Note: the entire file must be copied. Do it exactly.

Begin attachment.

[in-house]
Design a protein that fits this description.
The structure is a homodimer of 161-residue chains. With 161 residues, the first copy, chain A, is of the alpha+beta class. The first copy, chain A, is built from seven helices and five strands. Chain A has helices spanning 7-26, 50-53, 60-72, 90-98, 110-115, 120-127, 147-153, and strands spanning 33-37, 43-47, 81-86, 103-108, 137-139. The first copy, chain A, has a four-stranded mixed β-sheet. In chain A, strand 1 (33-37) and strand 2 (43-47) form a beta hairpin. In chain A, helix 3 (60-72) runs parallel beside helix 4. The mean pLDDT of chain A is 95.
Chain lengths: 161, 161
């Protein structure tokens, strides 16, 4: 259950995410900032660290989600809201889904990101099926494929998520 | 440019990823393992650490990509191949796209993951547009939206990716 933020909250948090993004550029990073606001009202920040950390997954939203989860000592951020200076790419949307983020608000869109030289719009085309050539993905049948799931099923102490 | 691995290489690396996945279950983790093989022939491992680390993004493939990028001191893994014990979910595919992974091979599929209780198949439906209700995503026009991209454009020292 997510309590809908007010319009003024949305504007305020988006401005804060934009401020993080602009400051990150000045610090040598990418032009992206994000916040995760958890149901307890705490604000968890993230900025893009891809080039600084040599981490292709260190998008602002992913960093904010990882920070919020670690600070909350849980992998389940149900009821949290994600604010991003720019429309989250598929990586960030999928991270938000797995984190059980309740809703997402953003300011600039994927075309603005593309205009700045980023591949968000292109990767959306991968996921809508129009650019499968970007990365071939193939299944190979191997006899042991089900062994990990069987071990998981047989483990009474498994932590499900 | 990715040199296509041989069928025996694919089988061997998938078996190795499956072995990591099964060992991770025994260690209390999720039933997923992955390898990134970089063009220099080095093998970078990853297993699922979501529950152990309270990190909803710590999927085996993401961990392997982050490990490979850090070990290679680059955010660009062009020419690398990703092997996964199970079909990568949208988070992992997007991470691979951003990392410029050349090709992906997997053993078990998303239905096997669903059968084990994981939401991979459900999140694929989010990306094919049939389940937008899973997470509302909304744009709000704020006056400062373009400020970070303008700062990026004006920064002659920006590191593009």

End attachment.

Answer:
[in-house]
Design a protein that fits this description.
The structure is a homodimer of 161-residue chains. With 161 residues, the first copy, chain A, is of the alpha+beta class. The first copy, chain A, is built from seven helices and five strands. Chain A has helices spanning 7-26, 50-53, 60-72, 90-98, 110-115, 120-127, 147-153, and strands spanning 33-37, 43-47, 81-86, 103-108, 137-139. The first copy, chain A, has a four-stranded mixed β-sheet. In chain A, strand 1 (33-37) and strand 2 (43-47) form a beta hairpin. In chain A, helix 3 (60-72) runs parallel beside helix 4. The mean pLDDT of chain A is 95.
Chain lengths: 161, 161
């Protein structure tokens, strides 16, 4: 259950995410900032660290989600809201889904990101099926494929998520 | 440019990823393992650490990509191949796209993951547009939206990716 933020909250948090993004550029990073606001009202920040950390997954939203989860000592951020200076790419949307983020608000869109030289719009085309050539993905049948799931099923102490 | 691995290489690396996945279950983790093989022939491992680390993004493939990028001191893994014990979910595919992974091979599929209780198949439906209700995503026009991209454009020292 997510309590809908007010319009003024949305504007305020988006401005804060934009401020993080602009400051990150000045610090040598990418032009992206994000916040995760958890149901307890705490604000968890993230900025893009891809080039600084040599981490292709260190998008602002992913960093904010990882920070919020670690600070909350849980992998389940149900009821949290994600604010991003720019429309989250598929990586960030999928991270938000797995984190059980309740809703997402953003300011600039994927075309603005593309205009700045980023591949968000292109990767959306991968996921809508129009650019499968970007990365071939193939299944190979191997006899042991089900062994990990069987071990998981047989483990009474498994932590499900 | 990715040199296509041989069928025996694919089988061997998938078996190795499956072995990591099964060992991770025994260690209390999720039933997923992955390898990134970089063009220099080095093998970078990853297993699922979501529950152990309270990190909803710590999927085996993401961990392997982050490990490979850090070990290679680059955010660009062009020419690398990703092997996964199970079909990568949208988070992992997007991470691979951003990392410029050349090709992906997997053993078990998303239905096997669903059968084990994981939401991979459900999140694929989010990306094919049939389940937008899973997470509302909304744009709000704020006056400062373009400020970070303008700062990026004006920064002659920006590191593009």